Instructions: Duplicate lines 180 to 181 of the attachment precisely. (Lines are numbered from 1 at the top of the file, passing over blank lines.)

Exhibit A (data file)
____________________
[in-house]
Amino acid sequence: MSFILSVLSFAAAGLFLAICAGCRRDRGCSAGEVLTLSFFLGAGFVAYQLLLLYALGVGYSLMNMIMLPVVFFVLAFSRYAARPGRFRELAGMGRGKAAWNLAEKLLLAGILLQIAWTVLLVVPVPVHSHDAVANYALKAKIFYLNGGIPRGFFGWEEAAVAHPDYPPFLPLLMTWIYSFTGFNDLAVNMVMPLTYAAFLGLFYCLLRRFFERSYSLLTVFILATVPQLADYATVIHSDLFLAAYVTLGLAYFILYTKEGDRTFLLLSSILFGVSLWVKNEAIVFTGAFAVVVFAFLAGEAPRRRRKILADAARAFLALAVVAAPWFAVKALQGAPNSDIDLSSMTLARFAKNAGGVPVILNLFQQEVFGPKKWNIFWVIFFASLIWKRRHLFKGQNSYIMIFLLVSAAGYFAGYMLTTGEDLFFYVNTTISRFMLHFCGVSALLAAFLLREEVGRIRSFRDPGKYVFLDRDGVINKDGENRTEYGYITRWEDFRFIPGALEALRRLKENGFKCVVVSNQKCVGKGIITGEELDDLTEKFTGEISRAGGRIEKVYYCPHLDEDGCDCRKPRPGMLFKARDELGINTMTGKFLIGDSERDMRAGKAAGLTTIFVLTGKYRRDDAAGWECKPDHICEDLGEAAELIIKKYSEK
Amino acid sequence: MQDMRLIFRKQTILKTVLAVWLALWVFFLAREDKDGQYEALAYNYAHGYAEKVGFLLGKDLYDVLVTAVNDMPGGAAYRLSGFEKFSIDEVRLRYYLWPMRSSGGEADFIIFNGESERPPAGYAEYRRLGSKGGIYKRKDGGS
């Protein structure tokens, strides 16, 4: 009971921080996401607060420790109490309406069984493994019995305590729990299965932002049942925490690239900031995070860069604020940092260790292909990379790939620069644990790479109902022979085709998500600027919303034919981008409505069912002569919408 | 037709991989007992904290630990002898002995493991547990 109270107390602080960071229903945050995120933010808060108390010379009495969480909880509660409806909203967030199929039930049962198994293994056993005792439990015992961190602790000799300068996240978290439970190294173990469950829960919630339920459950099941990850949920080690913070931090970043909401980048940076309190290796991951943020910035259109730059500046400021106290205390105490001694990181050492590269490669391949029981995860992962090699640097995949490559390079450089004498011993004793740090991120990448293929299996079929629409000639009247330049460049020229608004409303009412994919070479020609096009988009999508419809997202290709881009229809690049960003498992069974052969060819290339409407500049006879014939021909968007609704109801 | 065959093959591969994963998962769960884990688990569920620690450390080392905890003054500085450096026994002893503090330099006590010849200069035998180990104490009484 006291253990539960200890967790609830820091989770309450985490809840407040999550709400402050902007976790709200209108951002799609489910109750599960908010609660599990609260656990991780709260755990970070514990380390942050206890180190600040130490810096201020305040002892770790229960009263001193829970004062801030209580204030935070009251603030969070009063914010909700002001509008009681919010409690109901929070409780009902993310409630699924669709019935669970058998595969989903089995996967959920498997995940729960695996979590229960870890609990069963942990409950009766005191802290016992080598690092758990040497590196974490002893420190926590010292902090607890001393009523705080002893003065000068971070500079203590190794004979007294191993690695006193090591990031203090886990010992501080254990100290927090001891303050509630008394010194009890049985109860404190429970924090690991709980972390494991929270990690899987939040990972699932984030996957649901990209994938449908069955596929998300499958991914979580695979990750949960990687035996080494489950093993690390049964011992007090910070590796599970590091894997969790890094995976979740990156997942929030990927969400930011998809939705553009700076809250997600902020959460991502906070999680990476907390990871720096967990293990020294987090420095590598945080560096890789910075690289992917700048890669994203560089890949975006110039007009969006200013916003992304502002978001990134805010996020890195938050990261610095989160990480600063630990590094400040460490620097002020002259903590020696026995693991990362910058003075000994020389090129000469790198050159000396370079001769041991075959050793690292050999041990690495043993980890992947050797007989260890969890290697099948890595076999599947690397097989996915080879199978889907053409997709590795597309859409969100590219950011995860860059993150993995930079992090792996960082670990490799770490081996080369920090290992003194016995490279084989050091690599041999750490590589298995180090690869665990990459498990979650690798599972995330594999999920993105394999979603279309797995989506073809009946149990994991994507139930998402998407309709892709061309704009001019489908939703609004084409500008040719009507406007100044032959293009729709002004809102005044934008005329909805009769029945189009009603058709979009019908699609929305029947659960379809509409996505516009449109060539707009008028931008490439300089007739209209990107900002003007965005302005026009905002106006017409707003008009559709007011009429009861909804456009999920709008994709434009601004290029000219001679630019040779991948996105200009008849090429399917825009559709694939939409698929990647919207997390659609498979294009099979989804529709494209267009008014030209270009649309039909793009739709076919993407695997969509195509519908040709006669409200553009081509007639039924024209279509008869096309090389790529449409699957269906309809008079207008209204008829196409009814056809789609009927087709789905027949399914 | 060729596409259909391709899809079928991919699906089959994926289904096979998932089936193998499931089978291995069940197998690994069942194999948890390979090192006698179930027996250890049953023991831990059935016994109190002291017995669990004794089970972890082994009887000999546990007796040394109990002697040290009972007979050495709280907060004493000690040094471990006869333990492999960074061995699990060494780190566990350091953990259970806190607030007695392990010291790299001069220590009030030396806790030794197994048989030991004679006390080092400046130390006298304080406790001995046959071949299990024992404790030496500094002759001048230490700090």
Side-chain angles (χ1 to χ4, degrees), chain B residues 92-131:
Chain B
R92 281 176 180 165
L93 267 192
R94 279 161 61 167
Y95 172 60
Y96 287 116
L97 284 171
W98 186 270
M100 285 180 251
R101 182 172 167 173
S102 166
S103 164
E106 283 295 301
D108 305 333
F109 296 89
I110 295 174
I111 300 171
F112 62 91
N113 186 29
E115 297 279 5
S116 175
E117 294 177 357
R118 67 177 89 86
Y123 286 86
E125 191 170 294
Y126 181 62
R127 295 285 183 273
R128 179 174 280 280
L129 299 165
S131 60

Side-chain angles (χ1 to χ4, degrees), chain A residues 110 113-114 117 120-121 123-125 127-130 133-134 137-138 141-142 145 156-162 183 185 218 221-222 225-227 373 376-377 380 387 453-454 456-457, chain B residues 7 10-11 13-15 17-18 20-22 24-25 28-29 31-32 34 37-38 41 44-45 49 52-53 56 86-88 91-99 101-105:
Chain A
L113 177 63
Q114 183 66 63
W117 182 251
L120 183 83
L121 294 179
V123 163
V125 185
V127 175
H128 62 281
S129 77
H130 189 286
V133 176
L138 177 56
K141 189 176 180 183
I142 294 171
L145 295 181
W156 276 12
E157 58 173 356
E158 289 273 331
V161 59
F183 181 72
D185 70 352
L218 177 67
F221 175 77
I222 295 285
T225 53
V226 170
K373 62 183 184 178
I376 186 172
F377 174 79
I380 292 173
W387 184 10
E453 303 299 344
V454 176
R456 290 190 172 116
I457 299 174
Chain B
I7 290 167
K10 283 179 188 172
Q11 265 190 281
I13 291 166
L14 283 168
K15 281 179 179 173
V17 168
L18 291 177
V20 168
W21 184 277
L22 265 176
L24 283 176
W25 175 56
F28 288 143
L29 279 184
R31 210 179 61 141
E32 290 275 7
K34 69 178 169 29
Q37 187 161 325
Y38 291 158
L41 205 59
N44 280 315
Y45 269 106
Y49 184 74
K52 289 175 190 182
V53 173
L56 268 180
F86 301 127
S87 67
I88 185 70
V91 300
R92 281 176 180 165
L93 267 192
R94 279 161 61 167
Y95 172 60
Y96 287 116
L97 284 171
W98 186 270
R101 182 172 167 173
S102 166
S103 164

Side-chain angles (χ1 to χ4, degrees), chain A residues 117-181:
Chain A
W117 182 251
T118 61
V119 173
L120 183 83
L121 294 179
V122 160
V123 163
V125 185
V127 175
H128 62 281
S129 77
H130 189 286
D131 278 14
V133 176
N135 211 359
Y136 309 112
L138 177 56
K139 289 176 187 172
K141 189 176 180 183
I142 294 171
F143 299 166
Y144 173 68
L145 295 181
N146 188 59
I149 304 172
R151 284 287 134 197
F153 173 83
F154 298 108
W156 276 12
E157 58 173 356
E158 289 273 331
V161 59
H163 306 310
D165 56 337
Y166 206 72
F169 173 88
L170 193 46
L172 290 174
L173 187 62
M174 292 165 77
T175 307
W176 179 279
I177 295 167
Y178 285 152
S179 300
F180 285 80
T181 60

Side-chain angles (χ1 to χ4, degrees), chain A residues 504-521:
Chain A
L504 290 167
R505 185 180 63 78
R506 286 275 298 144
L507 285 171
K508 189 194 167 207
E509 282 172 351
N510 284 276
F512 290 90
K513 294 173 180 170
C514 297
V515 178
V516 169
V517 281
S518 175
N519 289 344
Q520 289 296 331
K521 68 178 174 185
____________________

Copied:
S518 175
N519 289 344